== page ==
Human resources departments are being challenged, not only by the pace of change in business, but by changes in the expectations of employees too, delegates at the World Employment Conference in Dublin heard.
Delegates at the event, of which Enterprise Ireland was a sponsor partner, heard that effective talent management in a digital era requires the HR function to “move and think differently, and to do it with pace and agility,” according to Joe ffrench, HR Director at Microsoft.
Doing so in an organisation with 120,000 direct employees and 80,000 indirect ones “can be hard”, ffrench admitted, but it also puts him in a good position to identify new HR trends, likely to be of interest to a range of recruitment solutions providers.
Rapidly changing skills requirements
Chief among these is a rapid change in skills requirements, said ffrench, citing the World Economic Forum, which cautioned that by 2020, 50% of what a person doing a four-year technical degree learns in first year will be obsolete by the time they graduate.
In business, it’s already happening. “Three years ago, we wouldn’t have talked about the need for skills in machine learning, augmented reality, and quantum computing. So what is incurred in theory in academia is also being experienced in our organisation, and at a much quicker pace,” said ffrench.
Some 40% of senior leadership roles in Microsoft didn’t exist two years ago. One in three of its executive leadership roles didn’t exist just a year ago.
“So how do you do succession planning for those roles? These are some of the challenges we are dealing with.”
Coping with the pace of change
To cope with the pace of change, a “premium capability” is required, composed of an ability to learn and resilience. “That’s what we look for every time we hire now. It is the growth mindset that sparks innovation.”
Employees’ needs are changing too, including in relation to flexibility.
“As a tech provider, we have talked of flexibility in terms of where and when people work, but we’re finding people are looking for a deeper flexibility in terms of the different stages of life they go through, whether having just gotten married, or having elderly parents. Flexibility means very different things depending on where people are in the life cycle.”
People also want personal growth, not just functional skills. “We invest a huge amount in helping people, once we’ve got them, to build that growth mindset. Our learning strategy is very much built on the idea of consumerisation of learning – self-directed, self-served, and personal for you in your role, supporting your career and your professional growth.”
The changing role of talent planning
The role of talent planning has changed significantly in recent months. “Succession plans – that traditional HR process – are not agile enough for the environment. We now think in terms of clusters of jobs, and clusters of people, and how we can match them together.”
Microsoft is bringing concepts from the gig economy into its internal workforce, “to help employees be agile enough to see opportunities that will benefit them from a career and a personal growth point of view.”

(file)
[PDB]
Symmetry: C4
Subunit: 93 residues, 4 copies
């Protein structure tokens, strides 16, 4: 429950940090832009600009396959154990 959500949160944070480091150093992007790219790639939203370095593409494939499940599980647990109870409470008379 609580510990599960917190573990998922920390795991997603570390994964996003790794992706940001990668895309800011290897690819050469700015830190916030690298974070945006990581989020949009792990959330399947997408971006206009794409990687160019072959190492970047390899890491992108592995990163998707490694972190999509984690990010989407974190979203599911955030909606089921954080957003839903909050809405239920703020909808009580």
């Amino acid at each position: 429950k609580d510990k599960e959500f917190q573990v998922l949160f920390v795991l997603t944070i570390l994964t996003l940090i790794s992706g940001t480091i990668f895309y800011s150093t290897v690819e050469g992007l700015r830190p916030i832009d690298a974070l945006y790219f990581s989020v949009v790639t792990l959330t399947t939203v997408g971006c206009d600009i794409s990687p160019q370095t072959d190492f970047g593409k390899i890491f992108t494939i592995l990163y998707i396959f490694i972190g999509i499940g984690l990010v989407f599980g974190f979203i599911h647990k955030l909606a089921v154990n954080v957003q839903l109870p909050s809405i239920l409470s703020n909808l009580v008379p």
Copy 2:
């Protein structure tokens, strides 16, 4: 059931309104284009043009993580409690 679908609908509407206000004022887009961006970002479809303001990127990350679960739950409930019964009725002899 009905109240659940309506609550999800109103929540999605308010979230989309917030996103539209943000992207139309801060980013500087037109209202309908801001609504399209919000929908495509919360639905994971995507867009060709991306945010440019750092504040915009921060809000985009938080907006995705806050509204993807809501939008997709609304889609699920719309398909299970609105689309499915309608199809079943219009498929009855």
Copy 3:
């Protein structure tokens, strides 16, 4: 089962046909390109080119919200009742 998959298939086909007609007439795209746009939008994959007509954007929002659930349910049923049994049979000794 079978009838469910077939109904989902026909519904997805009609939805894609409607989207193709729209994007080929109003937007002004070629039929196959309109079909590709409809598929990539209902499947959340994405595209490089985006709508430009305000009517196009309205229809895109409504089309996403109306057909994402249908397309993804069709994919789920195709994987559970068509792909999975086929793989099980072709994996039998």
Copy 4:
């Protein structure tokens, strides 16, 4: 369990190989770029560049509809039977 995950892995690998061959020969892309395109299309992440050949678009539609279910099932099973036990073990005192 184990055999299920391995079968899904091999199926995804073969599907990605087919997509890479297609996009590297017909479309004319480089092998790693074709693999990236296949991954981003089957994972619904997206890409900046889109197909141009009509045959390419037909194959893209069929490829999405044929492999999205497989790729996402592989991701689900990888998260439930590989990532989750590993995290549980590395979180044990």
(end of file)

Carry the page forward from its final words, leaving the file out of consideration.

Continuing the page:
Hiring people for capability and building a sustained engagement with them in order to harness them at the right time is now key for Microsoft, he said. Thinking this way has opened up new pools of talent for it, including school leavers joining as apprentices.
The company is reassessing how it engages short term freelancers too. The aim is for ‘gig’ workers to see Microsoft as a destination of choice in the way permanent recruits do, he said. This means ensuring it has a culture that is willing to listen to and learn from outsiders.
From a HR perspective, the biggest shift of all this change has been in how work is organised. “Traditionally HR has been about jobs and roles and hierarchies. Now it’s about breaking it down into tasks.”
Microsoft has changed its performance management system, scrapping traditional “1 – 5” ratings, he said, citing former GE boss Jack Welch’s dictum that if the rate of change outdoors is quicker than the rate of change indoors, there’s trouble ahead.
“Are we moving fast enough as a profession?” he said. “The HR community has an incredible chance to influence how the digital era, this fourth revolution, works for all stakeholders, so that all can benefit from what’s going to happen.”
TTM Healthcare’s journey of transformation
Brian Crowley, founder and CEO of EI client TTM Healthcare, said his own organisation has been on a “journey of transformation” over the past 18 months.
“We went deep inside our organisation to try and find our ‘why?’ To try to figure out what makes us special, or doesn’t,” he told the audience.
It came up with a vision: to enhance the quality of people’s lives. “That includes our own 400 staff, the people we care for in our healthcare business and homes, and the 2000 temporary staff that work on our behalf on our customer’s sites. Then we went to find values that can stand in service of that vision,” said Crowley.
What emerged from the whole process was an understanding that what underpinned both its vision and its values, are the behaviours of its staff.
“So where a lot of organisations, particularly in our sector, look at tactical learning and development, we really look at developing behaviours, including resilience.”
TTM now recruits for these behaviours, but is also committed to building them within its workforce. It rewards and promotes on the basis of them too. Said Crowley: “A big part of our performance is about how we build and foster those behaviours within the organisation.”